Business week: workers flex their muscles

What’s new? (10-16 Oct.) Workers find leverage More employees left their jobs in August than in any month in the past two decades, th...


More employees left their jobs in August than in any month in the past two decades, the Ministry of Labor reported on Tuesday. While many companies struggle to hire, the upsurge in resignations is one of the many signs that workers are gaining more leverage in the workforce. The average hourly wage has also increased in recent months, especially for low-paying jobs. Thousands of workers at farm equipment manufacturer Deere & Company strikes Thursday after overwhelmingly rejecting a contract proposal drawn up with the company by negotiators from the United Automobile Workers union. And Hollywood production workers strike a tentative deal Saturday for a new three-year contract with film and television studios after threatening to leave work if the studios did not meet demands for higher wages, increased demands on meal breaks and other concessions.

Texas Governor Greg Abbott issued an order on Monday ban on vaccination orders in the state. This conflicted with President Biden’s requirement that federal contractors and their employees be vaccinated by December 8. American Airlines and Southwest Airlines, both based in Texas, stated that they would nevertheless continue their vaccination mandates for employees, and legal experts say that state policy does not trump federal rule. Mr Biden also ordered the Department of Labor to write rules that would require companies with more than 100 employees to require vaccines or regular testing for their workers. But these rules have not yet been published – and maybe not for several weeks.

The consumer price index, an important measure of inflation, climbed 5.4% in September from a year earlier, more than economists expected and a faster rate of progression than in August. While a price hike was expected as the economy recovered from the pandemic shock, persistently high inflation complicates matters for both the Federal Reserve and the White House. Sustained inflation could force the Fed to withdraw support for the economy during a pandemic faster than it would like, before the labor market is fully healed. For the White House, the delicate task of passing two huge spending programs is made more difficult as opponents argue that the bills could worsen inflation. So far, the most visible political impact of high inflation has been on social security payments. The Social Security Administration has stated that it increase benefits by 5.9% in 2022, the largest increase in the cost of living in 40 years.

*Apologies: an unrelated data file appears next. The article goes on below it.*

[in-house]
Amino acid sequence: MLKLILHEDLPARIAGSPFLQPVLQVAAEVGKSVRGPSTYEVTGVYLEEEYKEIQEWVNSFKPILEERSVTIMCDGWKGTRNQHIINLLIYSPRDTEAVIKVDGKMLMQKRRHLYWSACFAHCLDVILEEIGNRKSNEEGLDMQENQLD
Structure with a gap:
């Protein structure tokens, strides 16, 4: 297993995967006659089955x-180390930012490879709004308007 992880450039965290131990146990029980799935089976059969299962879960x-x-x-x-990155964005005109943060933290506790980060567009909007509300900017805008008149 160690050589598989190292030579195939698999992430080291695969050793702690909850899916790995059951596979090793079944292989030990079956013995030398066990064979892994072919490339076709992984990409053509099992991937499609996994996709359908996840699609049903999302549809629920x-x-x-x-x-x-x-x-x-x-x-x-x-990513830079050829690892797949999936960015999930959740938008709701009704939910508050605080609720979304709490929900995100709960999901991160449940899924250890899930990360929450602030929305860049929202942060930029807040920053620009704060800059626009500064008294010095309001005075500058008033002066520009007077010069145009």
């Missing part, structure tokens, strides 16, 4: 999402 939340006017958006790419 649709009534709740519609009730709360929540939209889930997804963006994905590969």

Two years after shared office company WeWork was forced to suspend its public offer plans, it should take a less traditional route to the public market this week by merging with a SPAC, or a special purpose acquisition company. Ahead of WeWork’s planned IPO in 2019, private investors valued the company at nearly $ 50 billion, but WeWork struggled to sell its shares to Wall Street portfolio managers at even a valuation of $ 15 billion. WeWork said that the PSPC agreement, announced in March, values ​​the company at $ 7.9 billion. Since its first attempt at IPO, WeWork has lower the costs and appointed a new management. But membership numbers have plummeted during the pandemic, and it’s unclear what the long-term impact of the change in office work will mean for WeWork’s business. The same trends that could fuel an increase in remote working could also create a demand for more flexible office spaces.

A Food and Drug Administration advisory committee last week recommended emergency authorization of booster injections for many Moderna recipientscoronavirus vaccine as well as booster injections of Johnson & johnsonsingle dose vaccine for people 18 years of age or older. The FDA, which authorized a booster for older and at-risk recipients of Pfizer-BioNTech vaccine last month, usually makes decisions a few days after the meetings of its advisory committee. If the agency decides to allow further booster injections, the Centers for Disease Control and Prevention to issue guidelines on whether these boosters should be used and who should be eligible. Later this month, the panel is expected to tentatively discuss Pfizer’s request to allow emergency use of its coronavirus vaccine for children aged 5 to 11.

China reported on Monday how its economy fared in the third quarter. Several factors appear to have contributed to the slowdown in the period from July to September, including deadly flooding in several towns, unrest in huge real estate developer Evergrande, and computer chip and power shortages. Government efforts to curb the power of big business, including efforts to deter real estate speculation as well as antitrust and national security sanctions on tech companies, may also have taken their toll.

William Shatner, the actor best known as Captain James T. Kirk in “Star Trek”, went to space. Prince Harry and Meghan, Duchess of Sussex, are get into finance. And both Apple and Google are expected to announce product updates this week.

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Newsrust - US Top News: Business week: workers flex their muscles
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